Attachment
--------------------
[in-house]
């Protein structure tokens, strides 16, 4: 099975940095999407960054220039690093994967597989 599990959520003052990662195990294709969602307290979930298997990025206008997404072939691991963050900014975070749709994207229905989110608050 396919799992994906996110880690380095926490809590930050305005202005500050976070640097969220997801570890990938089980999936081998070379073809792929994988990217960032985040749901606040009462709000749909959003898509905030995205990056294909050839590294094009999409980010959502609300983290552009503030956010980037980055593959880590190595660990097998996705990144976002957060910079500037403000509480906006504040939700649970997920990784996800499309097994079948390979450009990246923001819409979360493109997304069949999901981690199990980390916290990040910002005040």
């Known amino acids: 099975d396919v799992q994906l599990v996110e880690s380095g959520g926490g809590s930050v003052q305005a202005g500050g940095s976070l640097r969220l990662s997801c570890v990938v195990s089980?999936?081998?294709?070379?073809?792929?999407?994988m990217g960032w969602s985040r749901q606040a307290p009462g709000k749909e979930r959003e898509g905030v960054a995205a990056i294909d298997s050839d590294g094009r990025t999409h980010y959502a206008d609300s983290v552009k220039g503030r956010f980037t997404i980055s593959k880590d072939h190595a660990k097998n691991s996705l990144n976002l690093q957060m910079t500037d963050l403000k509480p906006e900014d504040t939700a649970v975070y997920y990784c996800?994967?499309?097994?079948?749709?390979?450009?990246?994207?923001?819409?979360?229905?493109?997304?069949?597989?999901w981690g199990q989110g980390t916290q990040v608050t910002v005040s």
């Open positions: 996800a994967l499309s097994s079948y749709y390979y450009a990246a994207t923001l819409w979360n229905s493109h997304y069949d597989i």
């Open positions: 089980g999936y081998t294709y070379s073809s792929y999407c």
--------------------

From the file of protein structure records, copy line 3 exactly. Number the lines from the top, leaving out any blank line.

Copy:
């Known amino acids: 099975d396919v799992q994906l599990v996110e880690s380095g959520g926490g809590s930050v003052q305005a202005g500050g940095s976070l640097r969220l990662s997801c570890v990938v195990s089980?999936?081998?294709?070379?073809?792929?999407?994988m990217g960032w969602s985040r749901q606040a307290p009462g709000k749909e979930r959003e898509g905030v960054a995205a990056i294909d298997s050839d590294g094009r990025t999409h980010y959502a206008d609300s983290v552009k220039g503030r956010f980037t997404i980055s593959k880590d072939h190595a660990k097998n691991s996705l990144n976002l690093q957060m910079t500037d963050l403000k509480p906006e900014d504040t939700a649970v975070y997920y990784c996800?994967?499309?097994?079948?749709?390979?450009?990246?994207?923001?819409?979360?229905?493109?997304?069949?597989?999901w981690g199990q989110g980390t916290q990040v608050t910002v005040s």